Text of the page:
[Originally written for Film.com in 1998]
Set the wayback machine to 1998. Parallax View presents reviews of films released 20 years ago, written by our contributors for various papers and websites. Most of these have not been available for years.
I saw You’ve Got Mail in a spanking-new multiplex located in a spanking-new downtown development, a place with an atrium and coffeeshop and Tiffany’s and J. Peterman. It’s the kind of gleaming, upscale mall that drove out (or will drive out) all the little shops and longtime dives that used to define the downtown of a city. It doesn’t really matter what city I’m talking about, because the downtown of my city could now be the downtown of AnyCity, blessed as it is with Planet Hollywood and Old Navy and a Starbucks on every corner.
The new development also has a Barnes & Noble at ground level. Well, gee, how ironic. You’ve Got Mail is about the owner of Barnes & Noble – er, “Fox Books” – opening a new megastore on Manhattan’s Upper West Side. Joe Fox (Tom Hanks) is untroubled by the fact that his new store will drive the little booksellers out of business, including The Shop Around the Corner, a funky children’s book nook. It’s owned by Kathleen Kelly (Meg Ryan), who declares war on Fox and his heartless methods.
What Joe and Kathleen don’t know is that they’ve been carrying on an Internet romance. With each other. Anonymously. Though Joe has a girlfriend (stylish book editor Parker Posey) and Kathleen has her own beau (earnest New York Observer columnist Greg Kinnear), they scurry out of bed every morning to find out what their secret e-mail buddy has written. In other words, this movie is an electronic update of Ernst Lubitsch’s wonderful 1940 film, The Shop Around the Corner. The audience knows that these two are meant for each other, but many obstacles must be hurdled before that can happen.
These hurdles are executed with a dutiful blandness. Director Nora Ephron gathers some decent people, including Dabney Coleman and John Randolph as Fox patriarchs, Jean Stapleton and Steve Zahn as Kathleen’s bookshop pals, and Dave Chappelle as a Fox lieutenant. (Including a young black man as a buddy is apparently intended to lend Tom Hanks a bit of street cred. But why?) Many of these people, including the one-note characters played by Posey and Kinnear, are probably based on Manhattanites in Ephron’s circle, and perhaps they will be amusing to people within that circle. The rest of us will find them deadly dull.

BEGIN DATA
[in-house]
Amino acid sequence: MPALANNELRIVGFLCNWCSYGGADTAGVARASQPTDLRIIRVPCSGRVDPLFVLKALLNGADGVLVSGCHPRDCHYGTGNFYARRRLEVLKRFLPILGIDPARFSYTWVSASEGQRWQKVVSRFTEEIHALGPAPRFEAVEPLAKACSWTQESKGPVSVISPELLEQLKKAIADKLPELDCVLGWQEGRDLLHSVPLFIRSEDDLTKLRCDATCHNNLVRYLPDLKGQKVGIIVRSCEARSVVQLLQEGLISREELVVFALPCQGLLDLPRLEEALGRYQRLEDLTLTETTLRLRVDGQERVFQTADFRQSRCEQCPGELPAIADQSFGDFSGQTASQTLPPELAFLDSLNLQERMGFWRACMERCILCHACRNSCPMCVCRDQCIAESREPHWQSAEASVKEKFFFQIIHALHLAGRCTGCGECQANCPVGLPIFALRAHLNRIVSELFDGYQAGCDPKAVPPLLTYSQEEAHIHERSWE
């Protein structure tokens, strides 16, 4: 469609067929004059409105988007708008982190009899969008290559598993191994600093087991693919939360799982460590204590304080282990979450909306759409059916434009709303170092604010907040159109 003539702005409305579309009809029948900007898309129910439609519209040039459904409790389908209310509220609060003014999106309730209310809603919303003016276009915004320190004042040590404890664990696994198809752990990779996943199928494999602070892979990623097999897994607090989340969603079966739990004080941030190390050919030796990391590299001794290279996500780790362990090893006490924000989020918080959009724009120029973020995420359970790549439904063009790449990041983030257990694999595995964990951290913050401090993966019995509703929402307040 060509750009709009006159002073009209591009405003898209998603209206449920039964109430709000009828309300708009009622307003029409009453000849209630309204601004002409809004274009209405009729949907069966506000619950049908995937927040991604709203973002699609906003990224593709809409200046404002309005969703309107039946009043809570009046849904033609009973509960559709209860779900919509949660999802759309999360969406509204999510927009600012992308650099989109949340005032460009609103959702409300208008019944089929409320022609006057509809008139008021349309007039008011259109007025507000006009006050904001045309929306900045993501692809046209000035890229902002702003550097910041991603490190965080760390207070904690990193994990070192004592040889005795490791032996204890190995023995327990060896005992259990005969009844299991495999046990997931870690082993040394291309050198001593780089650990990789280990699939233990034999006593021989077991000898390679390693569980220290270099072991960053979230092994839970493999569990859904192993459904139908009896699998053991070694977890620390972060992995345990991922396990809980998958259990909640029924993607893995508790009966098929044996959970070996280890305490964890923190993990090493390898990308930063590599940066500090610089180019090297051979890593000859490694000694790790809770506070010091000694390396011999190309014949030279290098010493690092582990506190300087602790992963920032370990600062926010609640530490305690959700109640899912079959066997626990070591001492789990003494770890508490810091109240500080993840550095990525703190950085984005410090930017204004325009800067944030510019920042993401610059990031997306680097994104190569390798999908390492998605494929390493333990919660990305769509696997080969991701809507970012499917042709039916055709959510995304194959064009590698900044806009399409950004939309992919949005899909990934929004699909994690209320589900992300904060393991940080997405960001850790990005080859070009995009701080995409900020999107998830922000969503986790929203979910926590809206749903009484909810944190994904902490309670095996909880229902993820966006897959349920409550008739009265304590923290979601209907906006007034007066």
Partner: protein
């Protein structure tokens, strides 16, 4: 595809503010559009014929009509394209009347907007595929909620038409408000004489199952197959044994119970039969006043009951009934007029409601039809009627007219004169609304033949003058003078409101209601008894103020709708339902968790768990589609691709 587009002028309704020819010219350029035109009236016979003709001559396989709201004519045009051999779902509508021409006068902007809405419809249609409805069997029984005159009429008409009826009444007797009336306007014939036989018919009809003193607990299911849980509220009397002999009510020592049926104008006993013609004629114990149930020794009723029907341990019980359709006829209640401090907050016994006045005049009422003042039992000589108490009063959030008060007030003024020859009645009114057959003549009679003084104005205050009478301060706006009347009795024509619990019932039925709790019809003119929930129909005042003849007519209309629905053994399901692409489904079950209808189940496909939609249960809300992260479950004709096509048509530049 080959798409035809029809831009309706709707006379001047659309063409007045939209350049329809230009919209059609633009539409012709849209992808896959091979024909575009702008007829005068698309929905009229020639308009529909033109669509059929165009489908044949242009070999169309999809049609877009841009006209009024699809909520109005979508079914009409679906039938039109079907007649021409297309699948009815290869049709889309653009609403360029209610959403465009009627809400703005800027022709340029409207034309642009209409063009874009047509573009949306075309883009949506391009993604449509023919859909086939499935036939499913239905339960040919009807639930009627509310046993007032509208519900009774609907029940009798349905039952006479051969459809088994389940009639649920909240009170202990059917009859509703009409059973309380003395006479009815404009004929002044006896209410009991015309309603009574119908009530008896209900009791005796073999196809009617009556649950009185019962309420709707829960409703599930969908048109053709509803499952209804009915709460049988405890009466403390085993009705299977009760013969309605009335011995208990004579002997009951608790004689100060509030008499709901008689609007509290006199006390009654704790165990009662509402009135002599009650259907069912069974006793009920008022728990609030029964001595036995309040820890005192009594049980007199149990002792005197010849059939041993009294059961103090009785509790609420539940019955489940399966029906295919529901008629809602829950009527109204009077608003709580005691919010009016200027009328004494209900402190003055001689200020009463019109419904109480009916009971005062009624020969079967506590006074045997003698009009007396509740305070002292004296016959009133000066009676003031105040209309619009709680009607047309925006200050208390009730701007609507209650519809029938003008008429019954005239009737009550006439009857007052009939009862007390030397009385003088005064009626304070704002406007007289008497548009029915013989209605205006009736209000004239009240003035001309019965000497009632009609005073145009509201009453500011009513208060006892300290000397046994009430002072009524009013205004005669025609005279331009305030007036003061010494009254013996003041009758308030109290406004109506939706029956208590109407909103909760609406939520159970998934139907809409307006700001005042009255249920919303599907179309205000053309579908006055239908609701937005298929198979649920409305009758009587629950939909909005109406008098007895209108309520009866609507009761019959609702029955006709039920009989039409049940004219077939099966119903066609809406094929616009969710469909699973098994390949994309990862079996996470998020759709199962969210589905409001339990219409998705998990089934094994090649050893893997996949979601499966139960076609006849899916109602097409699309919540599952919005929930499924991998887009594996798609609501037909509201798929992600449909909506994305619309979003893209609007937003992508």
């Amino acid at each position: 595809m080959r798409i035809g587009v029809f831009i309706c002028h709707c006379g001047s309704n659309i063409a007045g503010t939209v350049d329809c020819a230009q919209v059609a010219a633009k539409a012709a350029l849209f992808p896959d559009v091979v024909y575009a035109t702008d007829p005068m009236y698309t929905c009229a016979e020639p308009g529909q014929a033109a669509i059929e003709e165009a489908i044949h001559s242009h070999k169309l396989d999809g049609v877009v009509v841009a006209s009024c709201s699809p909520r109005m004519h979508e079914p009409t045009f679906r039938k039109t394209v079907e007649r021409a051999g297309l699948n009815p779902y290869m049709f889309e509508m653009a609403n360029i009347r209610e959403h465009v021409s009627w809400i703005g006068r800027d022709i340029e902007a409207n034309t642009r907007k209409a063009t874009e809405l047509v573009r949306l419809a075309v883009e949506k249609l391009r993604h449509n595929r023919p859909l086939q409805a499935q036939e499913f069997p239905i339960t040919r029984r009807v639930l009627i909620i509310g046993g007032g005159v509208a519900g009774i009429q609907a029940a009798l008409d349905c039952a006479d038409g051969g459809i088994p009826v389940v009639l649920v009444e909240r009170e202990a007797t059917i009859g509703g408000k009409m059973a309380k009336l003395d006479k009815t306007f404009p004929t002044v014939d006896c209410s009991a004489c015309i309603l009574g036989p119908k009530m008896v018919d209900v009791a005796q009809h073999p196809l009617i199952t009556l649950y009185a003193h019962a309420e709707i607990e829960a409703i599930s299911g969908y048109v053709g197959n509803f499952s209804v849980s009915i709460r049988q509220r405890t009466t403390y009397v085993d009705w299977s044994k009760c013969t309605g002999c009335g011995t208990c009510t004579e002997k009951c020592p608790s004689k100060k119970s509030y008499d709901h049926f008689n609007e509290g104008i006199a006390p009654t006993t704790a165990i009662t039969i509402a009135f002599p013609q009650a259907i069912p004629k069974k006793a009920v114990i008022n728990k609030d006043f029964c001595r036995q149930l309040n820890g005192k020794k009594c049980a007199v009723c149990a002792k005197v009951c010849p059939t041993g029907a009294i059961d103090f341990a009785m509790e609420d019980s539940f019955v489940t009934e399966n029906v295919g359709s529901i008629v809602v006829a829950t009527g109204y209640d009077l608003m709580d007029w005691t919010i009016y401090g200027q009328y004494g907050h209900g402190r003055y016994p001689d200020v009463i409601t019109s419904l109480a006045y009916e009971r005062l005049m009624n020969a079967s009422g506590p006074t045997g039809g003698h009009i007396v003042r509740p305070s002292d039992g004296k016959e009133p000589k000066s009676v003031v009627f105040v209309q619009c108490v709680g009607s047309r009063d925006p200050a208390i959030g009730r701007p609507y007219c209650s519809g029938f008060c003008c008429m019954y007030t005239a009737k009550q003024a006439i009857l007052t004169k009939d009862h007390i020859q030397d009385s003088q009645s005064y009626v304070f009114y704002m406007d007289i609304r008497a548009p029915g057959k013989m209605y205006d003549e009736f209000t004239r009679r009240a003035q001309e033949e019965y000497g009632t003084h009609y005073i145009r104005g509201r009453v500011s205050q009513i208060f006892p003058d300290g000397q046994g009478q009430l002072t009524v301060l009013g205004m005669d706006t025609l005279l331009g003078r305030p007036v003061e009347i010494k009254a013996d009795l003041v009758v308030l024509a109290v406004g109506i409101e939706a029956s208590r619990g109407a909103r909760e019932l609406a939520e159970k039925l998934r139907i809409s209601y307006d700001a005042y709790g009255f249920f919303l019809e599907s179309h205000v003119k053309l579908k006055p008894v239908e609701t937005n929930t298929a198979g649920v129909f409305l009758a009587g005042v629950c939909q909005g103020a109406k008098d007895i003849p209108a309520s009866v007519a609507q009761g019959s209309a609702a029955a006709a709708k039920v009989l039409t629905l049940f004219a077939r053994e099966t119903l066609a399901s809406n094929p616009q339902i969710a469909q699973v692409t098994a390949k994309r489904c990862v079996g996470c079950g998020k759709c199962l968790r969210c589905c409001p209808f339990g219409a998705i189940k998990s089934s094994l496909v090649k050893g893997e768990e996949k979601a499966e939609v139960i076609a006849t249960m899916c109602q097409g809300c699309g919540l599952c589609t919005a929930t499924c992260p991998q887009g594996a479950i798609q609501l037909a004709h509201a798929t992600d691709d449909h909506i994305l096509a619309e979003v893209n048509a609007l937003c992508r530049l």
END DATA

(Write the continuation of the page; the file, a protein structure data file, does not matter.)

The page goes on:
Which means that the film is thrown on the shoulders of Hanks and Ryan, who are encouraged to be as animated as possible. So Meg Ryan minces and bounces and screws her nose up in that cute way she has, and Tom Hanks puts on the antic disposition that he usually saves for the Letterman show, and it’s all just way, way too much. These actors have charm, and Ryan finally gets into a groove when she turns nasty, dressing down Hanks while she waits for her blind date to show up. The movie won’t hurt Hanks’s status as The American Guy; his explanation of The Godfather as “the source of all wisdom” sounds exactly right for men of a certain age, the generation that wasn’t especially impressed by Star Wars. But he seems to know this effort isn’t clicking.
Nora Ephron, meanwhile, still can’t direct her way out of a paper bag. Why would you give a saucy one-liner to an old pro like Jean Stapleton, and then shoot the scene so that the back of Stapleton’s head is all we see at that moment? (Did anyone look at the Lubitsch movie – or any Lubitsch movie – before they shot this thing?) The most embarrassing irony of the film is that Ephron seems unaware of the contradictions within her story, including the likelihood that the Meg Ryan character would probably be one of those people who refuses to use e-mail, because she loves the ink and paper and stamp-licking of old-fashioned correspondence. Like e-mail, this movie is a message delivery system, no more.